Last Thursday 7th May, Labour lost the General Election. I was the parliamentary candidate in Dartford. It is a classic bellwether seat – having been taken by the party which forms the government at every election since 1964. Sadly, despite us building a committed and passionate team of local volunteers and running a professional and joined up campaign, the Conservative candidate was returned with a bigger majority than in 2010. We could do little on the night to stem the tide against Labour and needed a national 37-30% split in our favour to have succeeded. Memories of the 1992 election came flooding back.
With another leadership election now looming, a worryingly simplistic argument is brewing about the future direction of the party: some have been quick to talk about the need for a focus on aspirational politics, and a return to the political centre ground. Let me be clear – to win an election in Conservative (with a small “c” and currently big “C”) England, you do need to appeal across the political spectrum. But I think to simply talk about aspirational politics, and to frame arguments in terms of left versus right, can risk failing to address the changing political landscape we now face.
Having put my heart and soul into the election campaign in Dartford, since being selected as the candidate eighteen months ago, in an area where I grew up, I think I can offer a more considered view as to where Labour went wrong.
Election strategy: Dartford lies in north Kent, close to London and is an area where Margaret Thatcher successfully appealed to voters in the 1980s and Tony Blair at the end of the 1990s. Many constituents benefited from the opportunity to buy their council houses under Thatcher. Many would be considered to be skilled manual workers or C2s -- small business owners: plumbers, decorators and electricians. Many others are long suffering rail commuters into London on Southeastern. The demographics of Dartford are also changing: with more people moving to the area from London boroughs. With a reliable history as a bellwether seat, and in the south-east of England – where Labour needs to be winning in order to form a majority government, Dartford should have been an important seat for Labour in 2015. But it wasn’t.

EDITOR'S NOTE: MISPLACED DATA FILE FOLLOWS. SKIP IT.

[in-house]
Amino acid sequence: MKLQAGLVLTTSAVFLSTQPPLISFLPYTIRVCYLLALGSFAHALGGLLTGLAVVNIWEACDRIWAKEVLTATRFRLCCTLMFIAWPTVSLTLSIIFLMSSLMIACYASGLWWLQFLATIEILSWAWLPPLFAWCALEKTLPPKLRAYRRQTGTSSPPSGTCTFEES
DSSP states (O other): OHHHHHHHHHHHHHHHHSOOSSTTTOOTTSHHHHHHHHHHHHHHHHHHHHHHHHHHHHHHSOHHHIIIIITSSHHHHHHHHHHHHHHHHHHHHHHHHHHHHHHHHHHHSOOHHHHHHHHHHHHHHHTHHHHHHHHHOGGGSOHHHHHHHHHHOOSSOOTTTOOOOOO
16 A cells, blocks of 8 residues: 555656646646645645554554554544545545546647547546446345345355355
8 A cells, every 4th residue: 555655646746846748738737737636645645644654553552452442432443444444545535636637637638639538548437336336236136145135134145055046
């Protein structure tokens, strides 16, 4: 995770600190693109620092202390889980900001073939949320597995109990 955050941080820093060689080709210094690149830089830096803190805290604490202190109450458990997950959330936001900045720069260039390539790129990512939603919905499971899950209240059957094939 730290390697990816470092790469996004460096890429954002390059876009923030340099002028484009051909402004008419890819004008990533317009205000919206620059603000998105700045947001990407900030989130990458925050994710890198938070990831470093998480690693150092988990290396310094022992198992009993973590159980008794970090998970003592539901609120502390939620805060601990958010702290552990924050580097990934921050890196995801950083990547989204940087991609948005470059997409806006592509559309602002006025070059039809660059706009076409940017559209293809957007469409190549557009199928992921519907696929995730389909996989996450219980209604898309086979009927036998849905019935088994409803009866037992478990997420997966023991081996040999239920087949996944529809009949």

To be blunt, the national party completely ignored our campaign in Dartford. We got no help from the party throughout the campaign. No financial help. No organiser, nor any administrational support of any kind – and when the short campaign kicked in, that really mattered. Nor did we receive any visits from front-bench spokespeople. In many ways the General Election seemed miles away from Dartford and virtually passed us by.
In some ways that was actually an advantage: it meant that I was able to localise my campaign on the two local issues which really mattered to people in Dartford and transcended both local and national politics: the appalling state of the town centre and the threat of another Thames crossing being sited at Dartford.
But just how much we were ignored by the national party really struck home when I tried to follow up information that 3,000 people had signed up via email to support Labour in Dartford. Repeated attempts to get hold of that information – which would have helped in updating our voter-id data and potentially building a larger team of volunteers – were rejected by the party. Instead, we were told that only key seats were being provided with that information.